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Concentration of the CDCP1 protein in human cord plasma may serve as a predictor of hematopoietic stem and progenitor cell content

Journal article
Authors Sofia Frändberg
Julia Asp
B. Waldner
Jan Holgersson
Lars Palmqvist
Published in Stem Cell Research
Volume 29
Pages 24-27
ISSN 1873-5061
Publication year 2018
Published at Institute of Biomedicine, Department of Clinical Chemistry and Transfusion Medicine
Pages 24-27
Language en
Keywords CDCP1, Cord blood, Hematopoietic stem and progenitor cells, Proximity ligation assay
Subject categories Transfusion medicine, Clinical chemistry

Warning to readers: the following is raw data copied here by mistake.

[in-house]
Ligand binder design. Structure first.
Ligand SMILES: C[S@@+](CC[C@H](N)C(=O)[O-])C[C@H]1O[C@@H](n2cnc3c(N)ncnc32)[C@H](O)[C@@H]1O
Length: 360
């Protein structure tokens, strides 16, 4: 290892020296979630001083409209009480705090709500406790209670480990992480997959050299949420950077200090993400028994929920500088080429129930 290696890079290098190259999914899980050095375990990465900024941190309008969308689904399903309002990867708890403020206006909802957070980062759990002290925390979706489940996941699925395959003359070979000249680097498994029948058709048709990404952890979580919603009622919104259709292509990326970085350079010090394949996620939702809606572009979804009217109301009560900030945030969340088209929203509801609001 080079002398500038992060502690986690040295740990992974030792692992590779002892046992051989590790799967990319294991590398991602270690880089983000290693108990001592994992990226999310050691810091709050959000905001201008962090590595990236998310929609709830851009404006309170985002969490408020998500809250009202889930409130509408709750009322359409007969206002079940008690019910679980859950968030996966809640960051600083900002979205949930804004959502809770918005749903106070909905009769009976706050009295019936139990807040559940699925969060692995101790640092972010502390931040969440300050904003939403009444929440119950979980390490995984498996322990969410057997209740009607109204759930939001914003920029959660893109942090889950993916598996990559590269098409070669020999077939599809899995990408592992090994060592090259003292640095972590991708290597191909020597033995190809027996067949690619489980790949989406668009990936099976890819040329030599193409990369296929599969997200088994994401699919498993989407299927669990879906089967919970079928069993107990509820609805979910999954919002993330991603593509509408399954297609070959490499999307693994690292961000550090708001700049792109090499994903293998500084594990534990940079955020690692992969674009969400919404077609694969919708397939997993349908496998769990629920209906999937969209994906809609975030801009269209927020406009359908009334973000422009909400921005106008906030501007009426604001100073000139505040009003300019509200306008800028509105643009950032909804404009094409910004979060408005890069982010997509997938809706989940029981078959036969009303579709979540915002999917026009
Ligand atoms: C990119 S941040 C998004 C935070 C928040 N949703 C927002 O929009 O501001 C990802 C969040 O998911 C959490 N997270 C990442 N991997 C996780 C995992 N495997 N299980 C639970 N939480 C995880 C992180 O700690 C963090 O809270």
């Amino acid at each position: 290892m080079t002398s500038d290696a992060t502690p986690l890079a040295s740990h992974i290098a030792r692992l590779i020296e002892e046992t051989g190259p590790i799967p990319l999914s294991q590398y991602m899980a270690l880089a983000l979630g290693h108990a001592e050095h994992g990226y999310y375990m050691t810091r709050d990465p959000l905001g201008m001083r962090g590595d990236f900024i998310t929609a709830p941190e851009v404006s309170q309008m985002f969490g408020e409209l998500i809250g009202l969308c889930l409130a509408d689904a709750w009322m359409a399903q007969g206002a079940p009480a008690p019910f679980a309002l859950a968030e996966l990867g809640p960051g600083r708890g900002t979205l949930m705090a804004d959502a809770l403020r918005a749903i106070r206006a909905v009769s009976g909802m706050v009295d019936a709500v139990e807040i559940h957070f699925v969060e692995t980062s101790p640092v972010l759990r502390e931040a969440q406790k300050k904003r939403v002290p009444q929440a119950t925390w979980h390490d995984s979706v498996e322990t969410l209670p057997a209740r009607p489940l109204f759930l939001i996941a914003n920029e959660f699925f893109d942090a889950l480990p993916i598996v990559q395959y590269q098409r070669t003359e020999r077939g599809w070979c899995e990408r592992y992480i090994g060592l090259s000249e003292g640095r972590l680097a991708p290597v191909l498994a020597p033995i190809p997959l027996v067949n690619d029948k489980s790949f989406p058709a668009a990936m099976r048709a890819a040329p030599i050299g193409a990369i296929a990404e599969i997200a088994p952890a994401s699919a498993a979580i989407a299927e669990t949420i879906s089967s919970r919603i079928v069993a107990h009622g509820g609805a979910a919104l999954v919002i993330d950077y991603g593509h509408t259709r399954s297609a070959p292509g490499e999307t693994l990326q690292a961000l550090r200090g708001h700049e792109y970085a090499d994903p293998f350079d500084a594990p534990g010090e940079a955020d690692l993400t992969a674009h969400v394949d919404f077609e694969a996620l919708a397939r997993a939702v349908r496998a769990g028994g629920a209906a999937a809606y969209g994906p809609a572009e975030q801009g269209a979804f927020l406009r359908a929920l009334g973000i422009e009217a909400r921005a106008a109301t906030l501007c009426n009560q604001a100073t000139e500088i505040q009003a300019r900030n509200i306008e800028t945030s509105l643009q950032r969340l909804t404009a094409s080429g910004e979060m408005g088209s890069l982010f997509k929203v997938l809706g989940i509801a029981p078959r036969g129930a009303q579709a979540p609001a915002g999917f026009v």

Successful hematopoietic stem and progenitor cell (HSPC) transplantation rests upon reliable methods for their enumeration in sources such as cord blood (CB). Methods used today are costly, time consuming and exhaust the limited number of cells needed for transplantation. The aim of this study was to analyze if surplus plasma from CB contains biomarkers that can predict HSPC content in CB. Frozen, surplus plasma from 95 CB units was divided into two groups based on CD34+ cell concentration. Birth weight, gestation age, gender, mode of delivery, collection volume, nucleated cell count and colony forming unit assay results were available. Samples were analyzed with a proximity ligation assay covering 92 different proteins. Two-group t-test with p-values adjusted for false discovery rate (FDR) identified 5 proteins that significantly differed between the two groups. CDCP1 was the most significant (FDR adjusted p-value 0.006). Correlation with CDCP1 concentration was most significant for CD34+ concentration and nucleated cell count. Multivariate analysis showed that CD34 and gender seemed to influence the level of CDCP1. In conclusion, CDCP1 was identified as a potential biomarker of HSPC content in CB. The finding also warrants further investigation for a possible role of CDCP1 in regulating HSPC presence in CB. © 2018

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